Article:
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Million-Dollar Metros: California Cities Top List

According to new research from LendingTree, home prices have risen significantly over the past two years, and paying $1 million or more for a house seems excessive as well as unattainable to most Americans. However, just because million-dollar homes aren’t common throughout the U.S. doesn’t mean they aren’t prevalent in some areas.

To see where million-dollar houses are most common, LendingTree analyzed data from the U.S. Census Bureau’s 2020 American Community Survey to look at the share of million-dollar homes in each of the nation’s 50 largest metropolitan areas. While million-dollar homes aren’t prevalent in most of the nation’s largest metros, they do make up a large share of homes in some notoriously high-cost areas like San Jose and San Francisco, California.

Key findings

  • Million-dollar homes are relatively uncommon in most of the country. An average of only 4.71% of the owner-occupied homes in the nation’s 50 largest metros are valued at $1 million or more.
  • The prevalence of million-dollar homes can vary significantly by metro. For example, 52.89% of owner-occupied homes are valued at $1 million or more in San Jose, California, making it the only one of the nation’s 50 largest metros where a majority of owner-occupied homes are worth at least $1 million. In the metro with the smallest share of $1 million homes, Buffalo, New York, that figure is 0.56%.
  • Of the 10 metros with the largest share of million-dollar homes, the four with the highest percentage of million-dollar homes are in California. Driven by factors including dense populations and the significant wealth generated by the tech and entertainment industries, an average of 31.33% of owner-occupied homes across San Jose, San Francisco, Los Angeles and San Diego are valued at at least $1 million.
  • Buffalo, N.Y., Cleveland and Pittsburgh have the smallest share of homes valued at $1 million or more. An average of only 0.61% of owner-occupied homes in these generally affordable metros are worth $1 million or more.

Metros with the highest share of million-dollar homes

1. San Jose, Calif.

  • Number of owner-occupied housing units: 370,241
  • Number of owner-occupied units valued at $1 million or more: 195,822
  • Percentage of owner-occupied units valued at $1 million or more: 52.89% 
  • Median value of owner-occupied housing units: $1,041,800

2. San Francisco

  • Number of owner-occupied housing units: 935,620
  • Number of owner-occupied units valued at $1 million or more: 377,736
  • Percentage of owner-occupied units valued at $1 million or more: 40.37%
  • Median value of owner-occupied housing units: $888,500

3. Los Angeles

  • Number of owner-occupied housing units: 2,129,700
  • Number of owner-occupied units valued at $1 million or more: 395,035
  • Percentage of owner-occupied units valued at $1 million or more: 18.55%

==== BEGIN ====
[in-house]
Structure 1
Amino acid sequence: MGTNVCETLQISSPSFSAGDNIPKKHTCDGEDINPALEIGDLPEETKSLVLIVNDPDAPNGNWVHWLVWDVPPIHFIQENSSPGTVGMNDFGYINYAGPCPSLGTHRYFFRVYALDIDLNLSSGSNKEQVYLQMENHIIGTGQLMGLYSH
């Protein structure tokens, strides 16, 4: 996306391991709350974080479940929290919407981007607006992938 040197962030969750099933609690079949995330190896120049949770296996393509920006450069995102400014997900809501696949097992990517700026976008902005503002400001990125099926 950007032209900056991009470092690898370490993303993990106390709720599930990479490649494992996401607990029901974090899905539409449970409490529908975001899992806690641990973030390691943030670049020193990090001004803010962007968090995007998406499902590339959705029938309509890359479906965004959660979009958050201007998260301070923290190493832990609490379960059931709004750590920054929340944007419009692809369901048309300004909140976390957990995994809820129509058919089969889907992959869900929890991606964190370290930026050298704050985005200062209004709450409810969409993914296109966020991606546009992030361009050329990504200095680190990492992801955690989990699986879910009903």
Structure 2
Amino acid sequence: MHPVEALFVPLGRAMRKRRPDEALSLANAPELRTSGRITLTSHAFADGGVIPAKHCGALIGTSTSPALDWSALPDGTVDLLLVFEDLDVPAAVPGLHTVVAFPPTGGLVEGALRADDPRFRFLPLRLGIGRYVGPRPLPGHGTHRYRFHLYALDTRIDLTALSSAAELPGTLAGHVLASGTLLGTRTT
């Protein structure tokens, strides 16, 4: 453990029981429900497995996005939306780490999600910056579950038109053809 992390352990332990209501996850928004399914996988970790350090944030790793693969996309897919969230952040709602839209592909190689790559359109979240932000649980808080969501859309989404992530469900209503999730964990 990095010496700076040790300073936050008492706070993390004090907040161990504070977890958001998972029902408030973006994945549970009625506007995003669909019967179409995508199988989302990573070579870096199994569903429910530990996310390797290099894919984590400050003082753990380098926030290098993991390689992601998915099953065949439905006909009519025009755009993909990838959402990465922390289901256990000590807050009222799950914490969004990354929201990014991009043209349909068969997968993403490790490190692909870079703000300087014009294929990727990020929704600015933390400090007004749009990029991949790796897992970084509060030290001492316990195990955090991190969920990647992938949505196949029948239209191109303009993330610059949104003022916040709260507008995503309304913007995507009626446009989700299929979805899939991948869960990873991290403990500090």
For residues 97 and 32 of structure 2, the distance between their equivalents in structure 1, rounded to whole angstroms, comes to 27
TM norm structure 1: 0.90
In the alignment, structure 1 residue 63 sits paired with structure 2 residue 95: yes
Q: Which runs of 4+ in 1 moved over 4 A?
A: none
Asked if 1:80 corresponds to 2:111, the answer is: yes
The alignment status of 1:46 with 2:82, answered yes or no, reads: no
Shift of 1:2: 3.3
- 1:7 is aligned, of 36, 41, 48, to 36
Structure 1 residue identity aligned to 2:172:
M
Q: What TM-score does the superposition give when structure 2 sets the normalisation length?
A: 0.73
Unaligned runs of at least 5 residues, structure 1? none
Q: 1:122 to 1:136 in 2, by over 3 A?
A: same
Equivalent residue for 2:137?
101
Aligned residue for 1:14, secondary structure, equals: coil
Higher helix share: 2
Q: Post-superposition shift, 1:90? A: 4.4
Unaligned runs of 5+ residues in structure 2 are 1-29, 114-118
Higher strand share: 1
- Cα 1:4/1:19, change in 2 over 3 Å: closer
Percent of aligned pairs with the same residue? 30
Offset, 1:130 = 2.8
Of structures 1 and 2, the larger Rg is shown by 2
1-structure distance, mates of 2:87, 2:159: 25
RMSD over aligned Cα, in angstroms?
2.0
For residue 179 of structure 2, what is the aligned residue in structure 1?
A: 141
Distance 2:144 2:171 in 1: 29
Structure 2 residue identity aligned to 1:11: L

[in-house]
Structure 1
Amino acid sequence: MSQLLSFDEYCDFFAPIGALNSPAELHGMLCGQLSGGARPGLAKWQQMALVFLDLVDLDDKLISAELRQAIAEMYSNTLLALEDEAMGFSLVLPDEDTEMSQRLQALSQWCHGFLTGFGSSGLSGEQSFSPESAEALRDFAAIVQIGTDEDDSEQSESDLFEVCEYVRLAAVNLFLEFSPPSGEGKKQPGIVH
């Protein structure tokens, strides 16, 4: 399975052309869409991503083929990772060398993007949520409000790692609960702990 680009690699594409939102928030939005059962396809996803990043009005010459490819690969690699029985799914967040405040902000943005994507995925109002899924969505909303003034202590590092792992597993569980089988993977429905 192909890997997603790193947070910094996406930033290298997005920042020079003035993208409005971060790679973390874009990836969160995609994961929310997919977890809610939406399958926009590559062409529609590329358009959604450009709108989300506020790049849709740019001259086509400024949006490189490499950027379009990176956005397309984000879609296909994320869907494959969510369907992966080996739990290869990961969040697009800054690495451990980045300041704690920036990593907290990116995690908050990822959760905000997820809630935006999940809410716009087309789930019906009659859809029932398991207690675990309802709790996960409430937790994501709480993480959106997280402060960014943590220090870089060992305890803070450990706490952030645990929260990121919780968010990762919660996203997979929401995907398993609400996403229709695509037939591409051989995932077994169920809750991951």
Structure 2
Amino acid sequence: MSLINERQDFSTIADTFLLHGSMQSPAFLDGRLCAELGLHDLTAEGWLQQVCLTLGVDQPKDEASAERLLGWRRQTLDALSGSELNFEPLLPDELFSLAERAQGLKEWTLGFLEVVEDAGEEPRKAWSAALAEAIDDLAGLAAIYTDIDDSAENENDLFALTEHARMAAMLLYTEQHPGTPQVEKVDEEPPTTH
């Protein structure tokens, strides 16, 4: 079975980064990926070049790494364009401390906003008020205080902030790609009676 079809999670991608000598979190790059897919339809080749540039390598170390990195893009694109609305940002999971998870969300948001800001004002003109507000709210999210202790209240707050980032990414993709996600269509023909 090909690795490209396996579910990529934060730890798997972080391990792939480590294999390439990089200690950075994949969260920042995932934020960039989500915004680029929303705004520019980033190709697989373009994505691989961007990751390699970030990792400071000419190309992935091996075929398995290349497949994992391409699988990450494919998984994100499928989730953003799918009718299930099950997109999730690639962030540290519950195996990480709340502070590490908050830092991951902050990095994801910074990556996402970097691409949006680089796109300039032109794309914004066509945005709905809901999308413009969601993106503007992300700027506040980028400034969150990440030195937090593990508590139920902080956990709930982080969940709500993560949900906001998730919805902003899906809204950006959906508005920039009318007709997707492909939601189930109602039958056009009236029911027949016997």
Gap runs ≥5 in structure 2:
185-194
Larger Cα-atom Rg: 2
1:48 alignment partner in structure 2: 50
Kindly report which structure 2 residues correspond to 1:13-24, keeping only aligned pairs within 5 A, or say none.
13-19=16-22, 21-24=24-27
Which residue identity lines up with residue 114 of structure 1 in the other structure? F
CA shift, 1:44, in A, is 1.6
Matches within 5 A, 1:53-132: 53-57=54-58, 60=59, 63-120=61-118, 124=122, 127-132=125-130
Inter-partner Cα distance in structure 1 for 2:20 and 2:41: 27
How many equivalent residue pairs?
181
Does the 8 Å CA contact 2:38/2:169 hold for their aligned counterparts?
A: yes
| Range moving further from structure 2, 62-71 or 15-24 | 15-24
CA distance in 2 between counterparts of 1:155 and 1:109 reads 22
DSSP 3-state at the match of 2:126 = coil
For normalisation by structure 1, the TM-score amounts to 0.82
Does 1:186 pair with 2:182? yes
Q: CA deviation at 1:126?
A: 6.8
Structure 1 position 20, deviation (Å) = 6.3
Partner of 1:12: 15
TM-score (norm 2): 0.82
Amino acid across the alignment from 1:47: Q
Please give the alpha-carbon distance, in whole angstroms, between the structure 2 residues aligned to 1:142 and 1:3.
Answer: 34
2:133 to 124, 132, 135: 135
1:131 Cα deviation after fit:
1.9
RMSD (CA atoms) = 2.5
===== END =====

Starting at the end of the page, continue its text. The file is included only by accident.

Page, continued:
• Median value of owner-occupied housing units: $641,300

Metros with the lowest share of million-dollar homes

1. Buffalo, New York

  • Number of owner-occupied housing units: 319,246
  • Number of owner-occupied units valued at $1 million or more: 1,802
  • Percentage of owner-occupied units valued at $1 million or more: 0.56%
  • Median value of owner-occupied housing units: $155,800

2. Cleveland

  • Number of owner-occupied housing units: 563,145
  • Number of owner-occupied units valued at $1 million or more: 3,297
  • Percentage of owner-occupied units valued at $1 million or more: 0.59%
  • Median value of owner-occupied housing units: $156,200

3. Pittsburgh

  • Number of owner-occupied housing units: 708,073
  • Number of owner-occupied units valued at $1 million or more: 4,736
  • Percentage of owner-occupied units valued at $1 million or more: 0.67%
  • Median value of owner-occupied housing units: $159,800

Since the start of the year, mortgage rates have risen drastically. These higher rates have made buying homes more expensive, even in areas where home prices haven’t necessarily increased.

With that said, because different lenders can offer different rates to the same person, it’s often possible for borrowers to find a lower rate on their mortgage by shopping around for a lender before buying.

A recent LendingTree study found that the spread between the highest and lowest APRs offered to borrowers across the nation’s 50 largest metros who received offers from three or more lenders was 82 basis points. To put that spread into perspective, the study found that those borrowers could have saved an average of more than $63,000 over the lifetime of their mortgages by choosing the lowest rate offered to them.

Though these savings aren’t exclusive to those looking to buy million-dollar homes, higher-cost borrowers are likely to see larger savings the lower the rate they get. As a result, if you’re planning on buying in a high-cost area, one of the best ways you can save money is by shopping for a mortgage before buying.

To read the full analysis, including more charts and methodology, click here.

About Author: Demetria Lester

Demetria C. Lester is a reporter for DS News and MReport, with more than six years of writing experience. She has served as Editor-in-Chief at Northlake College and staff writer at her alma mater, the University of Texas at Arlington. She has covered events such as the Byron Nelson, Pac-12 Conferences, the Women in Dallas Film Festival, to freelance work with the Dallas Wings and D Magazine. Currently located in Dallas, Texas, she is an avid jazz lover and reader. She can be reached at [email protected]
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